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Forms, File Uploads and Security with Node.js and Express

If you’re building a web application, you’re likely to encounter the need to build HTML forms on day one. They’re a big part of the web experience, and they can be complicated.

Typically the form handling process involves:

  • displaying an empty HTML form in response to an initial GET request
  • user submitting the form with data in a POST request
  • validation on both the client and the server
  • re-displaying the form populated with escaped data and error messages if invalid
  • doing something with the sanitized data on the server if it’s all valid
  • redirecting the user or showing a success message after data is processed.

Handling form data also comes with extra security considerations.

We’ll go through all of these and explain how to build them with Node.js and Express — the most popular web framework for Node. First, we’ll build a simple contact form where people can send a message and email address securely and then take a look what’s involved in processing file uploads.

A contact form with email and message with validation errors

Setup

Make sure you’ve got a recent version of Node.js installed; node -v should return 8.9.0 or higher.

Download the starting code from here with git:

git clone https://github.com/sitepoint-editors/node-forms.git
cd node-forms
npm install
npm start

There’s not too much code in there. It’s just a bare-bones Express setup with EJS templates and error handlers:

// server.js
const path = require('path')
const express = require('express')
const layout = require('express-layout')
const routes = require('./routes')
const app = express()

app.set('views', path.join(__dirname, 'views'))
app.set('view engine', 'ejs')

const middleware = [
  layout(),
  express.static(path.join(__dirname, 'public')),
]
app.use(middleware)

app.use('/', routes)

app.use((req, res, next) => {
  res.status(404).send("Sorry can't find that!")
})

app.use((err, req, res, next) => {
  console.error(err.stack)
  res.status(500).send('Something broke!')
})

app.listen(3000, () => {
  console.log(`App running at http://localhost:3000`)
})

The root url / simply renders the index.ejs view.

// routes.js
const express = require('express')
const router = express.Router()

router.get('/', (req, res) => {
  res.render('index')
})

module.exports = router

Displaying the Form

When people make a GET request to /contact, we want to render a new view contact.ejs:

// routes.js
router.get('/contact', (req, res) => {
  res.render('contact')
})

The contact form will let them send us a message and their email address:

<!-- views/contact.ejs -->
<div class="form-header">
  <h2>Send us a message</h2>
</div>
<form method="post" action="/contact" novalidate>
  <div class="form-field">
    <label for="message">Message</label>
    <textarea class="input" id="message" name="message" rows="4" autofocus></textarea>
  </div>
  <div class="form-field">
    <label for="email">Email</label>
    <input class="input" id="email" name="email" type="email" value="" />
  </div>
  <div class="form-actions">
    <button class="btn" type="submit">Send</button>
  </div>
</form>

See what it looks like at http://localhost:3000/contact.

Form Submission

To receive POST values in Express, you first need to include the body-parser middleware, which exposes submitted form values on req.body in your route handlers. Add it to the end of the middlewares array:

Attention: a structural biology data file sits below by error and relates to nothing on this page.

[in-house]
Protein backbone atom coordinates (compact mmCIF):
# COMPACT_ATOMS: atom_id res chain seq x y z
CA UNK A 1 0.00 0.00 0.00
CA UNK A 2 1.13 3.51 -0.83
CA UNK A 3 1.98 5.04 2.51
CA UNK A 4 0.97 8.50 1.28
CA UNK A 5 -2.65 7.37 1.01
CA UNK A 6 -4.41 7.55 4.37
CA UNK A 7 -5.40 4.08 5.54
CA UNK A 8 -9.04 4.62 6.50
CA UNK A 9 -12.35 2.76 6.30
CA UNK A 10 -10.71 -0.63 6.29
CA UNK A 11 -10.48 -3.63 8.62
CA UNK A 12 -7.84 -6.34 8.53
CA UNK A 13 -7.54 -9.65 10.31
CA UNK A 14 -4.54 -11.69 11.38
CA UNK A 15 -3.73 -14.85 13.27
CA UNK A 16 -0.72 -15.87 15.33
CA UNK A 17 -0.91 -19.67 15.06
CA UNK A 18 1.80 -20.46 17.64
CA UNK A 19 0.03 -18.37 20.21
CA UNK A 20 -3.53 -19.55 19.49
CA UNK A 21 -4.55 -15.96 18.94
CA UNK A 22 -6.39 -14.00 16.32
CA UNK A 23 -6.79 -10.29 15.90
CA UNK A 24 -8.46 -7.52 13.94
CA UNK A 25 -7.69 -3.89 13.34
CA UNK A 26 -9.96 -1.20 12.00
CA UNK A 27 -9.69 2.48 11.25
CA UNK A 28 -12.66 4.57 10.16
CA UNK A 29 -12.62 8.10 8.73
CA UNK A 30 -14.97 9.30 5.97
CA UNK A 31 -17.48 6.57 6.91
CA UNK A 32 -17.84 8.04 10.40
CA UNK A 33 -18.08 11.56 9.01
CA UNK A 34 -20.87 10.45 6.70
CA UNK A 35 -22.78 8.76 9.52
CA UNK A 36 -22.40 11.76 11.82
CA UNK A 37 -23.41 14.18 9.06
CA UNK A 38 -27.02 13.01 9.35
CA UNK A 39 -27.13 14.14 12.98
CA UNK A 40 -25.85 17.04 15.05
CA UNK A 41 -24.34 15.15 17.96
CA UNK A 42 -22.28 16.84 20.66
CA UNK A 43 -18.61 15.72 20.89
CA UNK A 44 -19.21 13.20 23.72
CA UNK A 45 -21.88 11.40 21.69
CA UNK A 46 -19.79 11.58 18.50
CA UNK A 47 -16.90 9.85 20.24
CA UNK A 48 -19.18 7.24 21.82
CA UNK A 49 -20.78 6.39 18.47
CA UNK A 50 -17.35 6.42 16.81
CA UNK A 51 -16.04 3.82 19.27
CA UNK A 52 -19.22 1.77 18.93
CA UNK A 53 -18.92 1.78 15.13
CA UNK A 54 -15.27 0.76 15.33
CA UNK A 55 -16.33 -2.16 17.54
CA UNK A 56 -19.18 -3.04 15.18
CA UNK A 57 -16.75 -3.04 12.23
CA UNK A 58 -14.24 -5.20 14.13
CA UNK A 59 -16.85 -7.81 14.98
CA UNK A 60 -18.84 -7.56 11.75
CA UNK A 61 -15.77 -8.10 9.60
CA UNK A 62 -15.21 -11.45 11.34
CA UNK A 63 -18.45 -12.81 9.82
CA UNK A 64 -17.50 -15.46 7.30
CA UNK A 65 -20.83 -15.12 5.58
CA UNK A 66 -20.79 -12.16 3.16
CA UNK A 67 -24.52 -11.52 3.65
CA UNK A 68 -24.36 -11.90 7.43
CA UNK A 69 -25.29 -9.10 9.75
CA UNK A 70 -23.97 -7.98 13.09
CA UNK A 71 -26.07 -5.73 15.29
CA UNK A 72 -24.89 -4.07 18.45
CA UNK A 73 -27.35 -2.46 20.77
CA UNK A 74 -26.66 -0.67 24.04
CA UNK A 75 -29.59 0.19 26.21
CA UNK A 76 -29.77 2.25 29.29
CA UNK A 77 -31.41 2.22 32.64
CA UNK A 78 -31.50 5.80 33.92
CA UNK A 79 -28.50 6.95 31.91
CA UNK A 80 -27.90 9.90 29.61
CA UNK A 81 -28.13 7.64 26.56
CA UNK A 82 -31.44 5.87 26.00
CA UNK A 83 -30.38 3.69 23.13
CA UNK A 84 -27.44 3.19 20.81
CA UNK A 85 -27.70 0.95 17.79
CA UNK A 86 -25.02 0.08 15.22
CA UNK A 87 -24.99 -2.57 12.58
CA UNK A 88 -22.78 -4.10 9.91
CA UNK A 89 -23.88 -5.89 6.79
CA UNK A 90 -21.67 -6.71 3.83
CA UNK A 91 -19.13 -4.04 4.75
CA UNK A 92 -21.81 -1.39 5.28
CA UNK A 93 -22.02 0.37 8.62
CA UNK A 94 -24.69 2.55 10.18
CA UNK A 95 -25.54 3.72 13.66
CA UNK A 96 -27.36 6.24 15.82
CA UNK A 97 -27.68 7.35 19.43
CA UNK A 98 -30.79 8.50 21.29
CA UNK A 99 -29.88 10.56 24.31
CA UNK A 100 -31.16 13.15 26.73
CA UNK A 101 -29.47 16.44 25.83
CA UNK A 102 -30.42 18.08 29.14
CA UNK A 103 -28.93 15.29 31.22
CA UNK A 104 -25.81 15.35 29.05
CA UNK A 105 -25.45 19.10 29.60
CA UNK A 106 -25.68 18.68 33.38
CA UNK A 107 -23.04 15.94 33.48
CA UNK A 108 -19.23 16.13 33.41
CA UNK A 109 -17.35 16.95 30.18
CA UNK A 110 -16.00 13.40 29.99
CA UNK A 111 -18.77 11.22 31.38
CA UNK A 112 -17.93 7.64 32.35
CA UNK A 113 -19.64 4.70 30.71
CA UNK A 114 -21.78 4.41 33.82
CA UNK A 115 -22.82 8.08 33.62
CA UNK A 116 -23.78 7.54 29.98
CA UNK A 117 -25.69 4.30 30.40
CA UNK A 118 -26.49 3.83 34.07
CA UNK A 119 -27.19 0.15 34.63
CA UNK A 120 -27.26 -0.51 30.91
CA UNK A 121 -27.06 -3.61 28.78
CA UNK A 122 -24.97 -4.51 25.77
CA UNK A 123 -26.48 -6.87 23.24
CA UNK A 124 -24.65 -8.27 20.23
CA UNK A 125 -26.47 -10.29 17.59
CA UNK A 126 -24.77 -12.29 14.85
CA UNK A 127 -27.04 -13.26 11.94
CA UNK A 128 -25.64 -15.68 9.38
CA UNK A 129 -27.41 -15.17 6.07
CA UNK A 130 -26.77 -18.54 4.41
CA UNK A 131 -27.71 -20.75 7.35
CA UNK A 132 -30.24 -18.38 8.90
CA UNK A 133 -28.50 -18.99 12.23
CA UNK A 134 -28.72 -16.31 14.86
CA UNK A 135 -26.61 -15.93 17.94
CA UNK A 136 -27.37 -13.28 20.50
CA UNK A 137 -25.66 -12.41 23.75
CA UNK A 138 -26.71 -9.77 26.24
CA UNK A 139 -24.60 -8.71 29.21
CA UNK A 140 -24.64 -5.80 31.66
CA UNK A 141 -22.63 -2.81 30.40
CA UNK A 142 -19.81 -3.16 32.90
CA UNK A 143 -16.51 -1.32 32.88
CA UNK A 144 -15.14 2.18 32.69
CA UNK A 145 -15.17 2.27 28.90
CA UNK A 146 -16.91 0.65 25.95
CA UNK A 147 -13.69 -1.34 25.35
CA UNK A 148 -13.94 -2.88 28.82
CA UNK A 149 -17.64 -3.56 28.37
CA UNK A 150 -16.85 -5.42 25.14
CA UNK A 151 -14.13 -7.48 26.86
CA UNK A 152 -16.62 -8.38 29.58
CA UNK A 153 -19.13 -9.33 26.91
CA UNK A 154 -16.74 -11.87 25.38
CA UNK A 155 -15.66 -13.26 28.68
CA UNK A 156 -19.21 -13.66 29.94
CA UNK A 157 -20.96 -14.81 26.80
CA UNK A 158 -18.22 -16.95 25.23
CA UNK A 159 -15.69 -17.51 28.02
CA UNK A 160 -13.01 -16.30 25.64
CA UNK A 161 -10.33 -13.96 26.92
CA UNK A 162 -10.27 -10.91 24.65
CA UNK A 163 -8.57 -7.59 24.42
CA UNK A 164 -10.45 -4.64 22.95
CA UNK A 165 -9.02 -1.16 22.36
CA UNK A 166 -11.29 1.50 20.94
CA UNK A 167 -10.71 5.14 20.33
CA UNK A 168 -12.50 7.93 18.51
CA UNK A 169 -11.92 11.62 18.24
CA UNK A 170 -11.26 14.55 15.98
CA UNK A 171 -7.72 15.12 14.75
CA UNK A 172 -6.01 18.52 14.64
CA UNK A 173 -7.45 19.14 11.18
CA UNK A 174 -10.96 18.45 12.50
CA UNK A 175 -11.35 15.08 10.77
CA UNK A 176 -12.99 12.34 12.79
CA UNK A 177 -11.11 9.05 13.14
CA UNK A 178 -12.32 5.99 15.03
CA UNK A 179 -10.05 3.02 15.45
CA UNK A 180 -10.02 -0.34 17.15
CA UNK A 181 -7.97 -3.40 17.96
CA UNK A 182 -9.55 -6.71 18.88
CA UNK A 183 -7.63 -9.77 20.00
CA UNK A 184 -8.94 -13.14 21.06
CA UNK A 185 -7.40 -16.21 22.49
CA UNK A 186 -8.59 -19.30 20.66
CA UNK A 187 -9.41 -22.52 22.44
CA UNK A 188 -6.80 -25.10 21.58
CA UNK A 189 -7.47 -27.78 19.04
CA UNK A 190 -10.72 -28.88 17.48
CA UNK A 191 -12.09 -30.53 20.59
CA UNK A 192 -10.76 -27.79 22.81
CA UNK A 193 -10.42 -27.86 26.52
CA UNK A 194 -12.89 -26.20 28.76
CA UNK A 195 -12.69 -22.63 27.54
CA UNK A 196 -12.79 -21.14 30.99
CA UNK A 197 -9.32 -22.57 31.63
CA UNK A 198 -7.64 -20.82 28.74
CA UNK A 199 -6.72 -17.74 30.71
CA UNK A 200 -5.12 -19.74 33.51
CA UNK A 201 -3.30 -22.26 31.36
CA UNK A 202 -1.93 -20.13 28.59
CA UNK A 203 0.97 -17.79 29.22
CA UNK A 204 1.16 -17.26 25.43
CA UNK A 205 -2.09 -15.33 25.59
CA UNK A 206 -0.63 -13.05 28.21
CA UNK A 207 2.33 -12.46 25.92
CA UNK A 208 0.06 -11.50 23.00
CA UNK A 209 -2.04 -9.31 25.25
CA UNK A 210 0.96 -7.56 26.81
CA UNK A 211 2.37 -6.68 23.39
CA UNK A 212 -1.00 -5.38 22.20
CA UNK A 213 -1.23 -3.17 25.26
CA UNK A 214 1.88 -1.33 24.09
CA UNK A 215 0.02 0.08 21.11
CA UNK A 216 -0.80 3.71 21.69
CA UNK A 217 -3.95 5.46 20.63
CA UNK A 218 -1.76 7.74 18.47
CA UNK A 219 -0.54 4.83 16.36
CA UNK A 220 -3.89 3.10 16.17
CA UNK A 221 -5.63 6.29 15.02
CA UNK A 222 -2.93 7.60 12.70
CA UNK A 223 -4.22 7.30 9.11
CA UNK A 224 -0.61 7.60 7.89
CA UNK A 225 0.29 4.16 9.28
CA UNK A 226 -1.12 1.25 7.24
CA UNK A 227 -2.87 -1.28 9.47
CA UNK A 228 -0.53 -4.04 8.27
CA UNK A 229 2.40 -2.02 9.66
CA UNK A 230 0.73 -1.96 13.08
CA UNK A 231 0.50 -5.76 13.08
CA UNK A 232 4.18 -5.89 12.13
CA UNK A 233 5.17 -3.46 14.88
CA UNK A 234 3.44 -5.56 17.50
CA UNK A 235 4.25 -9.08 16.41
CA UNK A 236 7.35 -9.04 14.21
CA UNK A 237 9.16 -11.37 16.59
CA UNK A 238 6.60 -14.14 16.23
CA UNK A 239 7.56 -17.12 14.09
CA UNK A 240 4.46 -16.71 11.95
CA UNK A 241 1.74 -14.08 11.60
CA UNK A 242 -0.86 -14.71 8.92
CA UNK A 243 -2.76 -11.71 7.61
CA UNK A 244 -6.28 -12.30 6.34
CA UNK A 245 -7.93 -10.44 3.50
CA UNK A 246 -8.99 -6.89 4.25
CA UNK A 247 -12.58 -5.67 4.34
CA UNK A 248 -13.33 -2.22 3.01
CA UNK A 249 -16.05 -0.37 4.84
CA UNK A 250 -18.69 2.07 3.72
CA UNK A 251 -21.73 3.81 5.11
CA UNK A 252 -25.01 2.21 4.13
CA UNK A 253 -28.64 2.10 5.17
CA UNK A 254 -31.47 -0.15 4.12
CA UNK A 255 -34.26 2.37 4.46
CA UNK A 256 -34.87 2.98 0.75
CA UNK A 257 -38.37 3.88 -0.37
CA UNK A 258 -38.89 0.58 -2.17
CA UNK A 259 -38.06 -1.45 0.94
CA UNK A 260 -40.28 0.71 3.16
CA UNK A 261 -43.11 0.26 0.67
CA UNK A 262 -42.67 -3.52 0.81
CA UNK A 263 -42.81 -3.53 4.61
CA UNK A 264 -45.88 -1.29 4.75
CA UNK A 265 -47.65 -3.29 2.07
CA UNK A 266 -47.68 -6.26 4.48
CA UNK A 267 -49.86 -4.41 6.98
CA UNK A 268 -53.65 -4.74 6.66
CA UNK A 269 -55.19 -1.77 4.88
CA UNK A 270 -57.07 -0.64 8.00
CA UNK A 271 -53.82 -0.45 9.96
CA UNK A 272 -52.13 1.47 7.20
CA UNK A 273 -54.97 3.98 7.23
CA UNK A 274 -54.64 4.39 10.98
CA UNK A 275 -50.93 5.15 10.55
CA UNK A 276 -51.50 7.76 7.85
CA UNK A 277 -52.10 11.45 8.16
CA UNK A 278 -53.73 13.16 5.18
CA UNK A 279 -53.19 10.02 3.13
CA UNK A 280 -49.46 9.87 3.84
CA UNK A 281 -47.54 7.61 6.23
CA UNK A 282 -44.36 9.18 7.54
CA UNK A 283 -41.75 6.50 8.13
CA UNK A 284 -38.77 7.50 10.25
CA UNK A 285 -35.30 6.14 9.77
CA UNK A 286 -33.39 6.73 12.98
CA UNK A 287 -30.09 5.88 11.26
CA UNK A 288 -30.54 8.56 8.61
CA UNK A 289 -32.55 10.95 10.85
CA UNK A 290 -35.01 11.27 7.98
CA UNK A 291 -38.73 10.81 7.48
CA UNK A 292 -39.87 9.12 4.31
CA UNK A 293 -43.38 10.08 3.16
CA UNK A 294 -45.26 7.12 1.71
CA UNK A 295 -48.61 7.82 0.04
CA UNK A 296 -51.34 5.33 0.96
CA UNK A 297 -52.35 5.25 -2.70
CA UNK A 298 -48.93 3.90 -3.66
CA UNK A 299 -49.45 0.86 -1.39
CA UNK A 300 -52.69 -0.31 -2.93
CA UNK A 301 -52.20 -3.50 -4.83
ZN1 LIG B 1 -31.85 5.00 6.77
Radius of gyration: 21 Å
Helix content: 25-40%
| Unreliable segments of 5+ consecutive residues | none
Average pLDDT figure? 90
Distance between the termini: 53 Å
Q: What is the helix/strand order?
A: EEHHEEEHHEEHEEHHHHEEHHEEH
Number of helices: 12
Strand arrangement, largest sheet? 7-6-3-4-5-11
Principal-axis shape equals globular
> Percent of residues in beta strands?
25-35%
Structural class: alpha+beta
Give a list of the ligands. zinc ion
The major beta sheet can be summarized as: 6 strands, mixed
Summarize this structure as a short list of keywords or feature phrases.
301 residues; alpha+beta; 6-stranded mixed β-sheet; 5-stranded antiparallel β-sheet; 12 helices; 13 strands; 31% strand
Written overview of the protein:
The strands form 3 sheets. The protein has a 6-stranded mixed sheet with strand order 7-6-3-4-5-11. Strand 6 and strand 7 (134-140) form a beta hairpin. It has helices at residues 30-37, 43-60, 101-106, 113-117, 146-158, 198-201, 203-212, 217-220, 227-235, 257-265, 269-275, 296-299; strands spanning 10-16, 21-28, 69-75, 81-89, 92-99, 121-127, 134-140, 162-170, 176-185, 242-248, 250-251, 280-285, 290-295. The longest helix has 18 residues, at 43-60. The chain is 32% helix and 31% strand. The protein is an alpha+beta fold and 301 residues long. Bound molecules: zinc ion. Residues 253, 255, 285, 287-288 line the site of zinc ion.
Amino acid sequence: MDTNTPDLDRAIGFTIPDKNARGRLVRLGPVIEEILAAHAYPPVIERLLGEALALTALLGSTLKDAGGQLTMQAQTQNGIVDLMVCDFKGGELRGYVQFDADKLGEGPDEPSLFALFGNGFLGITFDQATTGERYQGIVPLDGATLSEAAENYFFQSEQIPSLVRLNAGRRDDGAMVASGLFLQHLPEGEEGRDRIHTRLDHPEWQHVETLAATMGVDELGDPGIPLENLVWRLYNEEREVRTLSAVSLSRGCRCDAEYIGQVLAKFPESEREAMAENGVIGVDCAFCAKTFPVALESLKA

// server.js
const bodyParser = require('body-parser')

const middlewares = [
  // ...
  bodyParser.urlencoded()
]

It’s a common convention for forms to POST data back to the same URL as was used in the initial GET request. Let’s do that here and handle POST /contact to process the user input.

Let’s look at the invalid submission first. If invalid, we need to pass back the submitted values to the view so they don’t need to re-enter them along with any error messages we want to display:

router.get('/contact', (req, res) => {
  res.render('contact', {
    data: {},
    errors: {}
  })
})

router.post('/contact', (req, res) => {
  res.render('contact', {
    data: req.body, // { message, email }
    errors: {
      message: {
        msg: 'A message is required'
      },
      email: {
        msg: 'That email doesn‘t look right'
      }
    }
  })
})

If there are any validation errors, we’ll do the following:

  • display the errors at the top of the form
  • set the input values to what was submitted to the server
  • display inline errors below the inputs
  • add a form-field-invalid class to the fields with errors.
<!-- views/contact.ejs -->
<div class="form-header">
  <% if (Object.keys(errors).length === 0) { %>
    <h2>Send us a message</h2>
  <% } else { %>
    <h2 class="errors-heading">Oops, please correct the following:</h2>
    <ul class="errors-list">
      <% Object.values(errors).forEach(error => { %>
        <li><%= error.msg %></li>
      <% }) %>
    </ul>
  <% } %>
</div>

<form method="post" action="/contact" novalidate>
  <div class="form-field <%= errors.message ? 'form-field-invalid' : '' %>">
    <label for="message">Message</label>
    <textarea class="input" id="message" name="message" rows="4" autofocus><%= data.message %></textarea>
    <% if (errors.message) { %>
      <div class="error"><%= errors.message.msg %></div>
    <% } %>
  </div>
  <div class="form-field <%= errors.email ? 'form-field-invalid' : '' %>">
    <label for="email">Email</label>
    <input class="input" id="email" name="email" type="email" value="<%= data.email %>" />
    <% if (errors.email) { %>
      <div class="error"><%= errors.email.msg %></div>
    <% } %>
  </div>
  <div class="form-actions">
    <button class="btn" type="submit">Send</button>
  </div>
</form>

Submit the form at http://localhost:3000/contact to see this in action. That’s everything we need on the view side.

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